Biography: Deacon Stephen Graeve
Family: To begin with, I am a Son of the Father, Brother in Christ, and Temple of the Holy Spirit! I also have a wonderful family on this earth. My father Bill is an accountant for Hobby-Town USA and my mother is a nurse at Madonna Hospital. I am the oldest of four. My sister Stephanie is a nurse in St. Louis; my brother Matthew is in the Navy, currently stationed in Virginia Beach; and my other sister Rachel is studying to be a psychologist in St. Louis.
History: I was born in Omaha, Nebraska on October 4, 1988. We moved to Dallas, Texas and finally to Lincoln, Nebraska, where I grew up. I attended St. Peter’s Elementary School and Pius X High School, graduating in 2007. I chose to go to Franciscan University in Steubenville, Ohio to discern my vocation. It ended up being a good choice because I transferred to St. Gregory the Great Seminary in Seward, Nebraska the next year. After graduating in 2011, I began my theological studies at Mount St. Mary’s Seminary in Emmitsburg, Maryland. I was ordained a deacon on May 23, 2014 and, God willing, I will be ordained a priest on May 23, 2015 for the Diocese of Lincoln.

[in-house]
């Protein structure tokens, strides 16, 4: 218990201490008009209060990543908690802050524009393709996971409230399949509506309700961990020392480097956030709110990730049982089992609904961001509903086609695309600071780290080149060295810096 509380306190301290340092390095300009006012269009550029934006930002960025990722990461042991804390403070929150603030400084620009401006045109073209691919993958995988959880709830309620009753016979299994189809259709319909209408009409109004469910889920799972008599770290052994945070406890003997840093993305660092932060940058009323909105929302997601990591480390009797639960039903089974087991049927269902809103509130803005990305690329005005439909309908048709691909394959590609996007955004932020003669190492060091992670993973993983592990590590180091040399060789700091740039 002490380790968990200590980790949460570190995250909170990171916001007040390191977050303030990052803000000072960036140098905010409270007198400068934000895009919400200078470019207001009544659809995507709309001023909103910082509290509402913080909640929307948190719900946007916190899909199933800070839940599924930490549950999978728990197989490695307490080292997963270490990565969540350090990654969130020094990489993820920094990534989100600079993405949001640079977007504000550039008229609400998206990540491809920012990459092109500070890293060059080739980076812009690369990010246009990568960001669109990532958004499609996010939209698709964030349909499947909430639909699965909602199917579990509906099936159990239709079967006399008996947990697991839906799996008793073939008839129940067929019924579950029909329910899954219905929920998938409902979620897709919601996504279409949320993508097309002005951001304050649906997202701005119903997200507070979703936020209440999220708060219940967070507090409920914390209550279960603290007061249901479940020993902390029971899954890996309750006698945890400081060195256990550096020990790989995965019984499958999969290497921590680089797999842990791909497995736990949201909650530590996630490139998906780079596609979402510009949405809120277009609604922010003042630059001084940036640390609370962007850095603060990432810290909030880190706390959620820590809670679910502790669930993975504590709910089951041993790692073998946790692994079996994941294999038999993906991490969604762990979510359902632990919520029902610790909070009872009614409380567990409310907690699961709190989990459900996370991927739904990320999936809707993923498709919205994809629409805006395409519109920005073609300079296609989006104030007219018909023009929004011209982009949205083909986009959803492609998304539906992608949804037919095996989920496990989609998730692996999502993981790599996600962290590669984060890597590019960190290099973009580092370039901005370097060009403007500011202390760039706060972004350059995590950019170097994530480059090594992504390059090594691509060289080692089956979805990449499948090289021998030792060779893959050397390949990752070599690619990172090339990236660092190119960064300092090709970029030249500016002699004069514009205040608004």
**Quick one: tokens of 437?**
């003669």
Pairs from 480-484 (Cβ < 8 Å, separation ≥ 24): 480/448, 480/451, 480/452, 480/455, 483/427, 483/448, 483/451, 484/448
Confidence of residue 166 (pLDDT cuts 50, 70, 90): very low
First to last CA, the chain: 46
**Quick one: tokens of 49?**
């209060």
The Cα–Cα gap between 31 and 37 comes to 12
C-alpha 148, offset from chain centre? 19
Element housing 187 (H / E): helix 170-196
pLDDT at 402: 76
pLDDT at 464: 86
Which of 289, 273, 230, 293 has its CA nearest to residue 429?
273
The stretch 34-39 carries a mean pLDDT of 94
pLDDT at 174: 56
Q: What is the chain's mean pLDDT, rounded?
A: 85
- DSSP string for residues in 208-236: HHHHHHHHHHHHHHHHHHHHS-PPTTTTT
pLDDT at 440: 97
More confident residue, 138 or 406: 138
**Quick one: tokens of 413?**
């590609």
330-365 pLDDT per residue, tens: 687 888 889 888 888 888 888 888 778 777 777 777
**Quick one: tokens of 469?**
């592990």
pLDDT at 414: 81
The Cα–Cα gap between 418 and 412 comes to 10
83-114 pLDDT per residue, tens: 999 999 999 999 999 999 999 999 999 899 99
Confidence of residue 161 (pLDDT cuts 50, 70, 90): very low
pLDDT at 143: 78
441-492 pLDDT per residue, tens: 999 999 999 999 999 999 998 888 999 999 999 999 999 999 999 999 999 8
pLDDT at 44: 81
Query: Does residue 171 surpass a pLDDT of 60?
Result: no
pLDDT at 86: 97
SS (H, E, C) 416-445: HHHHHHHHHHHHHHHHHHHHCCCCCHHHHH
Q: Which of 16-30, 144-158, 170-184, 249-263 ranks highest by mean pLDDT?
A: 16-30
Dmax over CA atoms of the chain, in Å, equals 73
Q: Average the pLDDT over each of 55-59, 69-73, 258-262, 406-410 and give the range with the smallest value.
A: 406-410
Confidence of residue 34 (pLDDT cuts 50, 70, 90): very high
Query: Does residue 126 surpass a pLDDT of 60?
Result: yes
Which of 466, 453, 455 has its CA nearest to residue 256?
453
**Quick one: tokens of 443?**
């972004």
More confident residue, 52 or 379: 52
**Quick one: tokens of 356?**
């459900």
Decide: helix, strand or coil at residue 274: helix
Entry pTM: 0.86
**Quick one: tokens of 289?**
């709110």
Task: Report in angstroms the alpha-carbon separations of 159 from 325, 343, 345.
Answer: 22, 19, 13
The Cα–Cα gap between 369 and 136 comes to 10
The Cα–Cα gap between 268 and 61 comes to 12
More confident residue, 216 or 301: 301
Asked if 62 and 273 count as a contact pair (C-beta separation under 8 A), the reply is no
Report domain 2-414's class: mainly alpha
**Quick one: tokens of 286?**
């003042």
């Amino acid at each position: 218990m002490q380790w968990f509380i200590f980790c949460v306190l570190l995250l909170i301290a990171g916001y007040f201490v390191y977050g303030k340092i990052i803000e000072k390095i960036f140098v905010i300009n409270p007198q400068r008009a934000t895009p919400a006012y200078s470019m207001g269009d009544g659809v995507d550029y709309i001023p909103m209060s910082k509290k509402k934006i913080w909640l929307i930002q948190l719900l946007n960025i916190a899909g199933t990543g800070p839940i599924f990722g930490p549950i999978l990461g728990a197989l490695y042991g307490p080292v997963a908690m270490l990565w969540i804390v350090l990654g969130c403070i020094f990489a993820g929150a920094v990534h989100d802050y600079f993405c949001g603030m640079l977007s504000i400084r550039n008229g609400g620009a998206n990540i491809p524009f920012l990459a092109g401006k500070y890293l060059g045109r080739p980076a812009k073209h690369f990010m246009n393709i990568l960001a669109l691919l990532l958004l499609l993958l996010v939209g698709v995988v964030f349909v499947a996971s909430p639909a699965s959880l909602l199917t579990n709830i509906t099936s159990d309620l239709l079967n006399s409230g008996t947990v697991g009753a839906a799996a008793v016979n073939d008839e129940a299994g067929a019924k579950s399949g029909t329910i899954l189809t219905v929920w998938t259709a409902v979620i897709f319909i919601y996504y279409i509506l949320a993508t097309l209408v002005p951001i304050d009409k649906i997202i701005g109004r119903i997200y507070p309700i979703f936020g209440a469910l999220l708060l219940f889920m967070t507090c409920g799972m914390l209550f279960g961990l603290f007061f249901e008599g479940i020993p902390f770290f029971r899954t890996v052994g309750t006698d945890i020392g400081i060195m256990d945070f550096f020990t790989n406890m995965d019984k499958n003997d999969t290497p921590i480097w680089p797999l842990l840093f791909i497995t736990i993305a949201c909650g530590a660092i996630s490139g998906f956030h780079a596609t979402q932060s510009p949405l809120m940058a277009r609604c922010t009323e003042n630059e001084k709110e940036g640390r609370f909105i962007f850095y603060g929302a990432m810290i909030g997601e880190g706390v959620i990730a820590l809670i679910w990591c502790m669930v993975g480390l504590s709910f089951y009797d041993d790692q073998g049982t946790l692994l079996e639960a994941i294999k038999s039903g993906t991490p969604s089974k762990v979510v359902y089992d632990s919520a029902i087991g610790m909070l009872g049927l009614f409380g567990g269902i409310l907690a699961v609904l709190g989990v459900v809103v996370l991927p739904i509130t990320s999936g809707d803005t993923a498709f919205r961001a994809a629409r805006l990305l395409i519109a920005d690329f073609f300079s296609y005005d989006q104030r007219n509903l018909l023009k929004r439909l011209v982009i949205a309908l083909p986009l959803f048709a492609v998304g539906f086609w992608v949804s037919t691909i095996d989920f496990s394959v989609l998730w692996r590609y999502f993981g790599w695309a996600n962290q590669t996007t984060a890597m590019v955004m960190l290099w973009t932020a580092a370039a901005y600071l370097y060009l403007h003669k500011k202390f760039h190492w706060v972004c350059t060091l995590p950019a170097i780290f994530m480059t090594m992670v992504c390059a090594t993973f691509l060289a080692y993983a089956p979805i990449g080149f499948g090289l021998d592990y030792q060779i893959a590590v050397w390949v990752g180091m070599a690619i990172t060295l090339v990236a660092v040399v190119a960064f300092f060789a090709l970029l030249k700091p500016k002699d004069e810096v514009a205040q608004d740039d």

Personal: I enjoy the outdoors: hiking, camping, jogging, golfing, and most recently, fishing. I also thoroughly enjoy a good book. In particular, I like to read J.R.R Tolkien, C.S Lewis, and Graham Greene. Being from Nebraska, I love the Cornhuskers, Denver Broncos, and Kansas City Royals. Finally, I enjoy traveling. I have had the privilege to go to Sydney and Madrid for World Youth Day, as well Rome for a summer abroad program for seminarians. I have definitely come to appreciate the universal aspect of our faith, where I can go into any Church throughout the entire world and still encounter Our Lord!

Saturday, September 06, 2014

Seriously, folks